British sprinter banned for four years after testing positive for testosterone and clenbuterol
Sprinter Bernice Wilson has been handed a four-year suspension following her positive test last June for testosterone and clenbuterol.
The ban is twice as long as the standard two-year sanction because she tested positive for more than one prohibited substance and tried to implicate other people. Wilson appealed the decision, but it was upheld.
The ban, which will end in July 2015, means Wilson will forego the chance to compete at the London 2012 Olympics, or any other future Games for that matter, due to the BOA bylaw which prevents British athletes from competing at the Olympics following an anti-doping violation.
Wilson made a big breakthrough two years ago and continued her good form during the 2011 indoor season. She set a personal best of 7.25 over 60m, took silver at the UK Indoor National Championships, and represented Great Britain at the European Indoor Championships, where she reached the semi finals.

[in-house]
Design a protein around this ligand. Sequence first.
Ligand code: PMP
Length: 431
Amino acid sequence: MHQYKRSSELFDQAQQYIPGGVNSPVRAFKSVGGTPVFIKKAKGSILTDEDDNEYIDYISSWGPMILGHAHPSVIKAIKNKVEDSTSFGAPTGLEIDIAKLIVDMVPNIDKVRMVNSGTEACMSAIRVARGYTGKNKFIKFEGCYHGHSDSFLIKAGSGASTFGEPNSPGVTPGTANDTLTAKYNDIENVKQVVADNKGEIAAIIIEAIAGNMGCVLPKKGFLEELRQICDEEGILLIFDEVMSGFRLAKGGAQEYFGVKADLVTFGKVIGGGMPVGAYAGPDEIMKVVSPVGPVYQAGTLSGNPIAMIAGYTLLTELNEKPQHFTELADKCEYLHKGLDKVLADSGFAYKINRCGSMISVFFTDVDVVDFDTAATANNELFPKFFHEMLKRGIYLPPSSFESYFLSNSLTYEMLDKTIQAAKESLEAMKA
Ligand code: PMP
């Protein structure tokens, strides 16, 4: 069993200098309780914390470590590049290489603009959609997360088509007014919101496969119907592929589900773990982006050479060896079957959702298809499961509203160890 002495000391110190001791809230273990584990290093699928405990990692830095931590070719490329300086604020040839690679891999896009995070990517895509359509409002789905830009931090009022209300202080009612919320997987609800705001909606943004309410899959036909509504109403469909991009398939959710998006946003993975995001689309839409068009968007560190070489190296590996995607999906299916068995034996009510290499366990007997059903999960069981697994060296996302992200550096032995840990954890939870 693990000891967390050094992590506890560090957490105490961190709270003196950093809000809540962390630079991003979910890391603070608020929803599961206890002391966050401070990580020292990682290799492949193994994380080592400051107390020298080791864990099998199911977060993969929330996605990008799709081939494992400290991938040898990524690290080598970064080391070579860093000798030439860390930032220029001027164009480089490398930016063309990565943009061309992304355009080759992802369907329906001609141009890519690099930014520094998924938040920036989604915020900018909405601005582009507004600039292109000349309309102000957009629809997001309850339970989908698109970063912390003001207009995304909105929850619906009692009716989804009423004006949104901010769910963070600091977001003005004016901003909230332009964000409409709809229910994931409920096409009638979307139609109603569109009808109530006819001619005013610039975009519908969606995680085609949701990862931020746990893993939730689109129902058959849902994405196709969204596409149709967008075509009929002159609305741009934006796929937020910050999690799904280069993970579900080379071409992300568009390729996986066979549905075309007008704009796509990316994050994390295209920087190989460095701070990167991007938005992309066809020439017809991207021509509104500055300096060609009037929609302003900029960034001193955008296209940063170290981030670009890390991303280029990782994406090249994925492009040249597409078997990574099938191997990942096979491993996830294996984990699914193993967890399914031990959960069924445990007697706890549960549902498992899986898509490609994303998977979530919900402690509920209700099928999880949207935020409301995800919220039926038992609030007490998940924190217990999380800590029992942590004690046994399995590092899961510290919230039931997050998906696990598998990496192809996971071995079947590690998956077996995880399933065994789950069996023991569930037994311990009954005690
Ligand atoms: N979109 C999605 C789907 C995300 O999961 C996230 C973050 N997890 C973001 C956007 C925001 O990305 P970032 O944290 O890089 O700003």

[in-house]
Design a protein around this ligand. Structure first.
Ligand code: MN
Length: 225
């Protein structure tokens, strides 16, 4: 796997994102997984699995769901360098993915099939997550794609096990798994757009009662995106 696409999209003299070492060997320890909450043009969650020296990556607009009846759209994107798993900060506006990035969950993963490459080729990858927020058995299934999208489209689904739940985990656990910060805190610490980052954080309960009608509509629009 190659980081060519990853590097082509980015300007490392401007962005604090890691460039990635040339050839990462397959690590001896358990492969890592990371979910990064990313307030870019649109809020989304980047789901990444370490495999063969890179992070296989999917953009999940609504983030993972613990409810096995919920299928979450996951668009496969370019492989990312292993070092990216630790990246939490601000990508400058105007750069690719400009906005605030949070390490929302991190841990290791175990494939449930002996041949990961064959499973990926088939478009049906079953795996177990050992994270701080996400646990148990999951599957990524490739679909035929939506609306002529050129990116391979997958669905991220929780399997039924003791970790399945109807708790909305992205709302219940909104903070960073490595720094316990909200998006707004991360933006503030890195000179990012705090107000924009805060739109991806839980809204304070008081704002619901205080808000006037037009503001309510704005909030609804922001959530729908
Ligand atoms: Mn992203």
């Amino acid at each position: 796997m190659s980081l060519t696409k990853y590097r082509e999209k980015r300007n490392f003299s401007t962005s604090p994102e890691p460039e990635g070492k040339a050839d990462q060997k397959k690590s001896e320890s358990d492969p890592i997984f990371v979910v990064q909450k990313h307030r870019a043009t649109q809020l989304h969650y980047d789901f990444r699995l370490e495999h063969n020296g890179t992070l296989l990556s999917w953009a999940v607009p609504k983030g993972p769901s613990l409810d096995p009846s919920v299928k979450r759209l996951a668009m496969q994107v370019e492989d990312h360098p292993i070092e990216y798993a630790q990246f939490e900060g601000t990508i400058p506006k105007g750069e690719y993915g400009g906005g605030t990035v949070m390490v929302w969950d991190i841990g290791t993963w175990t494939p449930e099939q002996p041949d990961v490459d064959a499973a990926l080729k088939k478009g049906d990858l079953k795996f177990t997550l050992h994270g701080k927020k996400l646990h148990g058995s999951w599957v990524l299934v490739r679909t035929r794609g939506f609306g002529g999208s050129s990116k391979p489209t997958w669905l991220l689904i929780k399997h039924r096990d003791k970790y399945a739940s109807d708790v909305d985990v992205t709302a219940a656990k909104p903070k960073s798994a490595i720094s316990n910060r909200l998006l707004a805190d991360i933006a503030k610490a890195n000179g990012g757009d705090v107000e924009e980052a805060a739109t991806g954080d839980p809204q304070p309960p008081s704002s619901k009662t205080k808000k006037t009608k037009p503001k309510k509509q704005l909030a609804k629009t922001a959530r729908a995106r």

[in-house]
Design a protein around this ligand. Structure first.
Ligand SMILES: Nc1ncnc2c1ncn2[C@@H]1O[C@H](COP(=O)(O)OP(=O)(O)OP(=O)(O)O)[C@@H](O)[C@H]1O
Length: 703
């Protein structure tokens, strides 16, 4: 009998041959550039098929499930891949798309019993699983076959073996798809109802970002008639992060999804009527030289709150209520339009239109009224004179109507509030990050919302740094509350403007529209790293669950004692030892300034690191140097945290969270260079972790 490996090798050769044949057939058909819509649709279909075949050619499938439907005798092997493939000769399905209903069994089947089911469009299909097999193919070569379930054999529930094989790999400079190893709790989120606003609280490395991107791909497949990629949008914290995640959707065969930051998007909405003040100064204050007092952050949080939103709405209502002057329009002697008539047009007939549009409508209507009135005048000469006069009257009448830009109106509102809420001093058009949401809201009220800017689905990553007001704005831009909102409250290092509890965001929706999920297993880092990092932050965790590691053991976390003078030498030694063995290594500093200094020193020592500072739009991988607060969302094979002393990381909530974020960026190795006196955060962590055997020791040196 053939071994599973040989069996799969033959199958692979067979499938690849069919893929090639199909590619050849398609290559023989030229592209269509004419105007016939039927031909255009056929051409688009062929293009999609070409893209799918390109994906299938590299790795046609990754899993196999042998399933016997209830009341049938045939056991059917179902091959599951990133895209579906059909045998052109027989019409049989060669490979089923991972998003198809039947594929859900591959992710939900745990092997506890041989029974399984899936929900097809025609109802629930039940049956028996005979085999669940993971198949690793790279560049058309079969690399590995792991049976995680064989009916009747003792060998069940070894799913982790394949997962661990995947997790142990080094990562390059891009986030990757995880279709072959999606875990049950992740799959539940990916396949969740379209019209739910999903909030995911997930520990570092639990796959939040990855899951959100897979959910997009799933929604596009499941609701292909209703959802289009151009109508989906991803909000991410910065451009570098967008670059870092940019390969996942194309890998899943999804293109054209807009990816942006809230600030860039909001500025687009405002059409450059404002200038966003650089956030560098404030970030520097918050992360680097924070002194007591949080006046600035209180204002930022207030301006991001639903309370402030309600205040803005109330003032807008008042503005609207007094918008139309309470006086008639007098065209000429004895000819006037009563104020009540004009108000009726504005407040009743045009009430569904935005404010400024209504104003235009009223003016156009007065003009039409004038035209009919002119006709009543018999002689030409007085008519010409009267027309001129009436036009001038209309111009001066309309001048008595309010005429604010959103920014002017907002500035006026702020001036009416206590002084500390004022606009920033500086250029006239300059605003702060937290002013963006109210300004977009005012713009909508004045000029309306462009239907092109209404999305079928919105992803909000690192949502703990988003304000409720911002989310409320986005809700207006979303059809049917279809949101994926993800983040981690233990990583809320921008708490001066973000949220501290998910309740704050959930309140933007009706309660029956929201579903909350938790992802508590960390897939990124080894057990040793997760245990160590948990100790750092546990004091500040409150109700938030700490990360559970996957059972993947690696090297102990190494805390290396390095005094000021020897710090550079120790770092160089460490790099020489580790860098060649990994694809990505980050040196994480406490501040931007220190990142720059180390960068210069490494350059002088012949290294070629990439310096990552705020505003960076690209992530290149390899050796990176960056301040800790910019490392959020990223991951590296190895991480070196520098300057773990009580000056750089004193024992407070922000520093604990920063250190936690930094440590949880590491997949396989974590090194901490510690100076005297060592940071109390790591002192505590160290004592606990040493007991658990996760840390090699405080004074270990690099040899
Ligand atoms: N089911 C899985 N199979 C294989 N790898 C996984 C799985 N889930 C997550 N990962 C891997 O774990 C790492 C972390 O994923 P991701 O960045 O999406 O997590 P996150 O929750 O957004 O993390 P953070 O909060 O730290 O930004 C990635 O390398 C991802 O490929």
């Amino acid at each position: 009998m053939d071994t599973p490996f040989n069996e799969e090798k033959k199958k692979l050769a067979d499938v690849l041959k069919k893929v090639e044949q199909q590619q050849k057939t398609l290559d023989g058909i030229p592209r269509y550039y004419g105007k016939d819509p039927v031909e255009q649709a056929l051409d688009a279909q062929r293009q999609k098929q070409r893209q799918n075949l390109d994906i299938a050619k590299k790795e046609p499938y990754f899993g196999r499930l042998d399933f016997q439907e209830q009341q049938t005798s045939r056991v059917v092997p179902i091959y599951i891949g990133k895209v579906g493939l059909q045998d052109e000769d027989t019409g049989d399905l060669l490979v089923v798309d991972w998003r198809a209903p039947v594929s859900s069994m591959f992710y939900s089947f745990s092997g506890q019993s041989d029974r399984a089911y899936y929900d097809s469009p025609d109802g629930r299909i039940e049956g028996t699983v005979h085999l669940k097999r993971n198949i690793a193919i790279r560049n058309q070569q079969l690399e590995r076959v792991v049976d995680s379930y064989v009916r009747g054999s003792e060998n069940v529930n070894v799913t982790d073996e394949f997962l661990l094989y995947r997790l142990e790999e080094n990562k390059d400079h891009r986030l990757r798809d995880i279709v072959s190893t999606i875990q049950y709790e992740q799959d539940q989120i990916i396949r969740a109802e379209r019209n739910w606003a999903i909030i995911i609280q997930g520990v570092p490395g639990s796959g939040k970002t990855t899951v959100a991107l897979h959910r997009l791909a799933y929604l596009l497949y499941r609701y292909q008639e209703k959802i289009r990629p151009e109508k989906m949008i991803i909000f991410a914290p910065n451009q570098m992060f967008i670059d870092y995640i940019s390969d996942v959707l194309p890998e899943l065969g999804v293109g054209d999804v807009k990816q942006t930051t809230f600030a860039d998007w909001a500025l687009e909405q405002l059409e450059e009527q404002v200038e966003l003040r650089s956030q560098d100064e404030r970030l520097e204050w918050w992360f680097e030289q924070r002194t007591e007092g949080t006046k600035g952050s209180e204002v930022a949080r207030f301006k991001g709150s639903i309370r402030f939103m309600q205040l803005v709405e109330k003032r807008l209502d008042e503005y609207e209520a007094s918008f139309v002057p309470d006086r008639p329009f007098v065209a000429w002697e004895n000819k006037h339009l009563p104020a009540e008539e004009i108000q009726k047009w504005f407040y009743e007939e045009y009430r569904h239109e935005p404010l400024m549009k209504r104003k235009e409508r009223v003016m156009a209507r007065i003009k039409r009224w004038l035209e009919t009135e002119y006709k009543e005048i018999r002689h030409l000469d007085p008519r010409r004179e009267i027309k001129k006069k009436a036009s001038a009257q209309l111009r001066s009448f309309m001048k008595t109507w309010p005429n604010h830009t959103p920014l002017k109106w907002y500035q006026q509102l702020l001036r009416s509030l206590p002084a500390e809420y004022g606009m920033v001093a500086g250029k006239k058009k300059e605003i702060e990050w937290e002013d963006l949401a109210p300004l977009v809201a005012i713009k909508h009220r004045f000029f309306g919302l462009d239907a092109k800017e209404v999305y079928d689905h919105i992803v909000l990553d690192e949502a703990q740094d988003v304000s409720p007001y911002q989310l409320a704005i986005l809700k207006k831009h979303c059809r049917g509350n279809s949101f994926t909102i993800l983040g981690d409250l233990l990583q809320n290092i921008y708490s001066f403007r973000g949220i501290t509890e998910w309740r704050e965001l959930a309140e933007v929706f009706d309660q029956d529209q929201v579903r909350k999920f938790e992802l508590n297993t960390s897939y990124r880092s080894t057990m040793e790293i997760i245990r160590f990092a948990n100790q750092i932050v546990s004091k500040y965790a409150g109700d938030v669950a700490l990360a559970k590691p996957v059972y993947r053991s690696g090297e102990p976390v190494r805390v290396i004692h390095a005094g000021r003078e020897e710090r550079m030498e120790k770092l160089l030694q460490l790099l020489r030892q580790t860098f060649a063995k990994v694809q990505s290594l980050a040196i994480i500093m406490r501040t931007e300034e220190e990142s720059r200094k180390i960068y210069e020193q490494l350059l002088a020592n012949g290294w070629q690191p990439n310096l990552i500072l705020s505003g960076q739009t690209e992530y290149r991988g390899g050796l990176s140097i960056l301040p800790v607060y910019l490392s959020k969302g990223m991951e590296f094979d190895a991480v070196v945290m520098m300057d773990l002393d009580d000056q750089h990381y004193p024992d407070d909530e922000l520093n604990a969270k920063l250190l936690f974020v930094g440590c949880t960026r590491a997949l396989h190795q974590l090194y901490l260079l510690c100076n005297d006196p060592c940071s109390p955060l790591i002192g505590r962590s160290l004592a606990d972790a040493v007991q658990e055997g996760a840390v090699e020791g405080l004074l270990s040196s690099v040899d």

The National Anti-Doping Panel described the situation as “a very bad case of doping,” and that “far from admitting her guilt… she sought to blame other people.” Wilson also suggested that her positive test was due to a contaminated sample.
The World Anti-Doping Code provides the basis for a ban to be increased beyond the standard two years, if there are ‘aggravating circumstances’. These include an athlete possessing or using more than one prohibited substance, using more than one prohibited substance over a period of time, and engaging in ‘deceptive conduct’ to avoid adjudication.
“We have successfully argued for a four-year ban which demonstrates that UK Anti-Doping always seeks robust sanctions against athletes who look to cheat the system and betray those around them,” said UK Anti-Doping chief executive Andy Parkinson.
“This sends a strong message to anyone looking to dope in the UK and gives clean athletes the confidence that we are working hard on their behalf, within the framework of the World Anti-Doping Code, to protect their right to compete in doping-free sport.”